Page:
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Working with Graph Data from Neo4j in QlikView

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Working with Graph Data from Neo4j in QlikView

· Database Zone ·
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There are numerous examples of problems which can be handled efficiently by graph databases. A graph is made up of nodes and relationships between nodes (or vertices and edges): http://en.wikipedia.org/wiki/Graph_database

Now we can use graph data in a business intelligence / business discovery solution like QlikView to do some more business related analytics.

Neo4j

Neo4j is a high-performance, NoSQL graph database with all the features of a mature and robust database. It is an open source project supported by Neo Technology, implemented in Java. You can read more about it here: http://neo4j.org

Here are some slides about graph problems and use cases for Neo4j: http://www.slideshare.net/peterneubauer/neo4j-5-cool-graph-examples-4473985

QlikView JDBC Connector

Since the Neo4j JDBC driver is available we can use the QlikView JDBC Connector from TIQ Solutions and Cypher - a declarative graph query language - for expressive and efficient querying of the graph data. Take a look into the Cypher documentation to understand the syntax of this human query language, because it is totally different from SQL: http://docs.neo4j.org/chunked/1.7/cypher-query-lang.html

After connecting the Neo4j graph database with this command:

CUSTOM CONNECT TO “Provider=JDBCConnector_x64.dll;jdbc:neo4j://localhost:7474/?connector.driverClass=org.neo4j.jdbc.Driver;XUserId=MfJbFYD;XPassword=IYRXBVD;”;

I have used the following Cypher queries in the QlikView load script.

1. Read all nodes and some of the node’s properties:

SQL START n=node(*)
RETURN ID(n) as NodeID, n as NodeText, n.__type__? as NodeType, n.name? as NodeName, n.biography? as Biography, n.birthplace? as Birthplace, n.birthday? as Birthday, n.title? as MovieTitle, n.releaseDate? as ReleaseDate;

2. Read all relationships and some of the relationship’s properties:

SQL START r=relationship(*)
RETURN ID(r) as RelID, r as RelText, r.__type__? as RelType,
r.name? as RelName, type(r) as RelLabel;

3. Read all paths, a sequence of nodes and relationships that always start and end in nodes:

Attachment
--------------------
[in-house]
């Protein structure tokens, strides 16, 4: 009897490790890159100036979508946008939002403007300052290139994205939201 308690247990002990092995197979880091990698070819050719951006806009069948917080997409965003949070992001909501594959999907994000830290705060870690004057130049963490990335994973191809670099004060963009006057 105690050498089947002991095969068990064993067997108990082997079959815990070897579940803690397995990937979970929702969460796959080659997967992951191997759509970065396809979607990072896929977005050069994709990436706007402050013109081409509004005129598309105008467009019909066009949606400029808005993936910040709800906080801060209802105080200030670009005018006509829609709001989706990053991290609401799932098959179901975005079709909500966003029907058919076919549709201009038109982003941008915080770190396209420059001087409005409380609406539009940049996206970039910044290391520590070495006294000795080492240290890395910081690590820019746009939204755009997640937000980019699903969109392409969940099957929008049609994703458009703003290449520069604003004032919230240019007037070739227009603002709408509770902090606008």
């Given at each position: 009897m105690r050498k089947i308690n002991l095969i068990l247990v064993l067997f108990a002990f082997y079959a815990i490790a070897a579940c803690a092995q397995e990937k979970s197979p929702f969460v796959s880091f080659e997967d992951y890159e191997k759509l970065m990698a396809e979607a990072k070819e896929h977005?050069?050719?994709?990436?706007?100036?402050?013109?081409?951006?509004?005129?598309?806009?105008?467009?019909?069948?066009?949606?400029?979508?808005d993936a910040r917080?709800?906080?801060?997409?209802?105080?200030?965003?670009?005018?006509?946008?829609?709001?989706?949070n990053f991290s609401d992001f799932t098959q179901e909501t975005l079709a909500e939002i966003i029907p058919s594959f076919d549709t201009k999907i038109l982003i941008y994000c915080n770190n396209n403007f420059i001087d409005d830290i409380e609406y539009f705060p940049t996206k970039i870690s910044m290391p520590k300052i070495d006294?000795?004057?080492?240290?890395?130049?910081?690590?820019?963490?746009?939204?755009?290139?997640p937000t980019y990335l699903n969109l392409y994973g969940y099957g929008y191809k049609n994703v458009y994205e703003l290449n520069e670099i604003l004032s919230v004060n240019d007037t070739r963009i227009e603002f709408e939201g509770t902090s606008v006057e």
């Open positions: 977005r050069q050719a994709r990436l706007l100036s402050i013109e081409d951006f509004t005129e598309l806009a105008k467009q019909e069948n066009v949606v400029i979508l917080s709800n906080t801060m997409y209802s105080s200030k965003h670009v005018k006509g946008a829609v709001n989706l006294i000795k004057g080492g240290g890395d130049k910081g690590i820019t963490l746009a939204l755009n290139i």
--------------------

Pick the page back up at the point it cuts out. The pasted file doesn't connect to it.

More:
SQL START n=node(*)
MATCH n-[r]->m
RETURN ID(r) as RelID, ID(n) as Node1_ID, Type(r) as Label, ID(m) as Node2_ID;

Then build up a QlikView data model in the load script with some tables. Basically the paths would be needed in one table (Graph):

QlikView data model

The result is an interactive QlikView analytics application where you can use a wide range of UI elements to disctover relevant information from the graph. In the next screenshot you see all related informations to the Star Trek movies:

Start Trek movies

I use the Google Chart API for the graph visualization in QlikView. In a next step this could be replaced by a cool interactive QlikView Extension Object.

In the next step we will start a search for Mr. Spock by using QlikView’s incredible associative search feature:

search Mr. Spock

We will find all roles of Mr. Spock with different actors and can display the related sub-graph:

all roles of Mr. Spock

Furthermore we can do some business analytics now, for instance we can create a chart on the count of actors by movie and the average actors age per movie at the movie release date (note: the data are incomplete however it gives an indication). You can see now the films with the youngest artists on the left side:

youngest actors crew

I hope this gives you some imaginations on how to use graph data in business situation with an interactive front end. This example is bridging several worlds:

  • Graph Data to Relational Data,
  • NoSQL to BI and
  • Java OSS to proprietary!

I’m curious what kind of graph-business-discovery solutions will come up with this promising combination.

Download the Neo4j QlikView example: QVNeo4j.qvw

Used Neo4j sample data: http://example-data.neo4j.org/files/cineasts_movies_actors.zip

Don’t hesitate to contact me directly for questions on this matter: @TIQView

Compliant Database DevOps and the role of DevSecOps DevOps is becoming the new normal in application development, and DevSecOps is now entering the picture. By balancing the desire to release code faster with the need for the same code to be secure, it addresses increasing demands for data privacy. But what about the database? How can databases be included in both DevOps and DevSecOps? What additional measures should be considered to achieve truly compliant database DevOps? This whitepaper provides a valuable insight. Get the whitepaper

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